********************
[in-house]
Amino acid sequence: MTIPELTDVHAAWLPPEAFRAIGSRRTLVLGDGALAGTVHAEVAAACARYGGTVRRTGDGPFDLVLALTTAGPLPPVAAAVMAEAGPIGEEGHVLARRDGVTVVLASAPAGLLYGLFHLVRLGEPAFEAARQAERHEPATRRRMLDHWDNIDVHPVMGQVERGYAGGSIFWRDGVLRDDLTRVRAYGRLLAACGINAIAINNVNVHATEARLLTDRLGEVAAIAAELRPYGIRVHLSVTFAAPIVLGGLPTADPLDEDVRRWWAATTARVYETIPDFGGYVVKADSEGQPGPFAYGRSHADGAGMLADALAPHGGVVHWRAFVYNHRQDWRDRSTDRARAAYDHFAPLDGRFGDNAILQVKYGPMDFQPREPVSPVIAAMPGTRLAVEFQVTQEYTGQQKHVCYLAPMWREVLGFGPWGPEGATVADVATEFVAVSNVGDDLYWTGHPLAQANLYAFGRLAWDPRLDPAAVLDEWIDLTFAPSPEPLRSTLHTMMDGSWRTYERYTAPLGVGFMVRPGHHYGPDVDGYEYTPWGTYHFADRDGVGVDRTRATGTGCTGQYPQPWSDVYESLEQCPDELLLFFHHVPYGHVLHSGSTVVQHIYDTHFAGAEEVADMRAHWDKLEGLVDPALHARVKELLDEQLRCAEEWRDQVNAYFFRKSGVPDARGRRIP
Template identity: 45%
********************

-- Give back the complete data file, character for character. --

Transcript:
[in-house]
Amino acid sequence: MTIPELTDVHAAWLPPEAFRAIGSRRTLVLGDGALAGTVHAEVAAACARYGGTVRRTGDGPFDLVLALTTAGPLPPVAAAVMAEAGPIGEEGHVLARRDGVTVVLASAPAGLLYGLFHLVRLGEPAFEAARQAERHEPATRRRMLDHWDNIDVHPVMGQVERGYAGGSIFWRDGVLRDDLTRVRAYGRLLAACGINAIAINNVNVHATEARLLTDRLGEVAAIAAELRPYGIRVHLSVTFAAPIVLGGLPTADPLDEDVRRWWAATTARVYETIPDFGGYVVKADSEGQPGPFAYGRSHADGAGMLADALAPHGGVVHWRAFVYNHRQDWRDRSTDRARAAYDHFAPLDGRFGDNAILQVKYGPMDFQPREPVSPVIAAMPGTRLAVEFQVTQEYTGQQKHVCYLAPMWREVLGFGPWGPEGATVADVATEFVAVSNVGDDLYWTGHPLAQANLYAFGRLAWDPRLDPAAVLDEWIDLTFAPSPEPLRSTLHTMMDGSWRTYERYTAPLGVGFMVRPGHHYGPDVDGYEYTPWGTYHFADRDGVGVDRTRATGTGCTGQYPQPWSDVYESLEQCPDELLLFFHHVPYGHVLHSGSTVVQHIYDTHFAGAEEVADMRAHWDKLEGLVDPALHARVKELLDEQLRCAEEWRDQVNAYFFRKSGVPDARGRRIP
Template identity: 45%